Written by Jeff Mackay, Refuge Manager/Photo by Alan Nyiri
Hello Friends of Malheur Refuge.
Although we only just said goodbye to 2021 what seems like only a few weeks ago, we’ve already jumped into 2022 like popcorn in a hot skillet! Now that I have a moment to reflect on 2021, I feel rightly proud of the accomplishments of Refuge staff and Refuge partners and would like to share with you a few of the highlights.
At the beginning of 2021, four key Refuge staff positions remained vacant: Deputy Project Leader, Administrative Officer, Ecologist, and Maintenance Mechanic. A fifth position became vacant in August with the departure of Aquatic Health Biologist James Pearson to another position. I am thrilled to report that by the end of the year three positions had been filled and job offers had been made for the remaining two positions (both accepted!). We were fortunate to select Acting Administrative Officer Suzanne McConnell as the new Administrative Officer in July, meaning no disruption to the excellent support and service Suzanne provides to the Refuge, our partners, and our visitors. We filled the Maintenance Mechanic position with the arrival of Duane Sawyer in October. Duane will oversee operations and maintenance of our irrigation diversion and fish passage infrastructure in place on the Donner und Blitzen River. Also in October, we filled the Deputy Project Leader position with the arrival of Tara Wertz. Tara transferred from the Arapahoe National Wildlife Refuge Complex located near Walden, Colorado, where she has served as the Refuge Manager. Tara brings many years of research and Refuge management experience to benefit Malheur NWR that will be very useful, as she will oversee the day-to-day operations of the Refuge including wildlife inventory and monitoring, habitat management, infrastructure maintenance, and public use.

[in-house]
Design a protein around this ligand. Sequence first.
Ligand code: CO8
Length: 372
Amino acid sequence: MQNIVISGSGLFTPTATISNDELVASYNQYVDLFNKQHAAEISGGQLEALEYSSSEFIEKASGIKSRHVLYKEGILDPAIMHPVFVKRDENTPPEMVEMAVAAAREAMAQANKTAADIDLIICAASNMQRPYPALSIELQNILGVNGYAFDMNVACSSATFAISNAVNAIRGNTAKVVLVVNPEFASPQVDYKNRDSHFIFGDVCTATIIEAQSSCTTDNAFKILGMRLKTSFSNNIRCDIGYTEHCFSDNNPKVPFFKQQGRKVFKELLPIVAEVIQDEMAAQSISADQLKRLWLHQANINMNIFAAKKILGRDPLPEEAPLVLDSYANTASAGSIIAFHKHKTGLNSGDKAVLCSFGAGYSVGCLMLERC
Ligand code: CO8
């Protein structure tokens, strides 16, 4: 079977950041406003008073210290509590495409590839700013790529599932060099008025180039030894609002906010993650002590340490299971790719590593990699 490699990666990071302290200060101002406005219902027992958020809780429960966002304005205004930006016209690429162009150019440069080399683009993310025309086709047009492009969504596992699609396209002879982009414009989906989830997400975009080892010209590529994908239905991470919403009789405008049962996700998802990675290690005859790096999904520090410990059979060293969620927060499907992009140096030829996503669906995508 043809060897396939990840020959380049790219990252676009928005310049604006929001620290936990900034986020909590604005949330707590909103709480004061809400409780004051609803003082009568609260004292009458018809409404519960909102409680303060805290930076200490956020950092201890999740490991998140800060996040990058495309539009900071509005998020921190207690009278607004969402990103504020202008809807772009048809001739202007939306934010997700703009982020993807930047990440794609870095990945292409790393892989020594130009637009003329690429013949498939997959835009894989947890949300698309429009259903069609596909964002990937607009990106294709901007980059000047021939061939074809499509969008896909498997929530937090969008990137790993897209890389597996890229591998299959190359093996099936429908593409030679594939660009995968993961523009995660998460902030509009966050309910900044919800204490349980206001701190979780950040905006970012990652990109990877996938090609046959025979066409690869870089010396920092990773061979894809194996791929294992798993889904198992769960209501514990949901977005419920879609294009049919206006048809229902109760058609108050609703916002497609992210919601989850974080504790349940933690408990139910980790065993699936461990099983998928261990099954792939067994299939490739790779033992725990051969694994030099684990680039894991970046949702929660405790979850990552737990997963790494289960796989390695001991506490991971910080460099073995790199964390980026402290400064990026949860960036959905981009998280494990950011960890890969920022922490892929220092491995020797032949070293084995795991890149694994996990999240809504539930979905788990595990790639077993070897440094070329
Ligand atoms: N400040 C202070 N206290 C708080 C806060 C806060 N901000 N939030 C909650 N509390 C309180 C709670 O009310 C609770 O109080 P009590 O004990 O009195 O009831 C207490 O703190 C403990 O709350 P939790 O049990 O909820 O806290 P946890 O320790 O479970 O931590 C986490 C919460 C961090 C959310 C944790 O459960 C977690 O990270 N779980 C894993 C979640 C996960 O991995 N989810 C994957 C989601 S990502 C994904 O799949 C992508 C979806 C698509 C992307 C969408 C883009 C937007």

Earlier this year we finally filled the Supervisory Ecologist position and on the heels of that action filled the Aquatic Health Biologist position. Travis Miller accepted the position of Supervisory Ecologist. The position supervises the Refuge biological program and will focus on wetland and upland habitat evaluation and management. Travis has spent many years working in eastern Oregon and most recently has served as a Wildlife Biologist for the Burns District Bureau of Land Management (BLM). His previous positions include working as a Range Management Specialist also with the Burns District BLM and as a Rangeland Scientist working for the U.S. Forest Service at the Great Basin Ecological Laboratory. Travis has extensive experience working in high desert ecosystems with partners on conservation and management programs.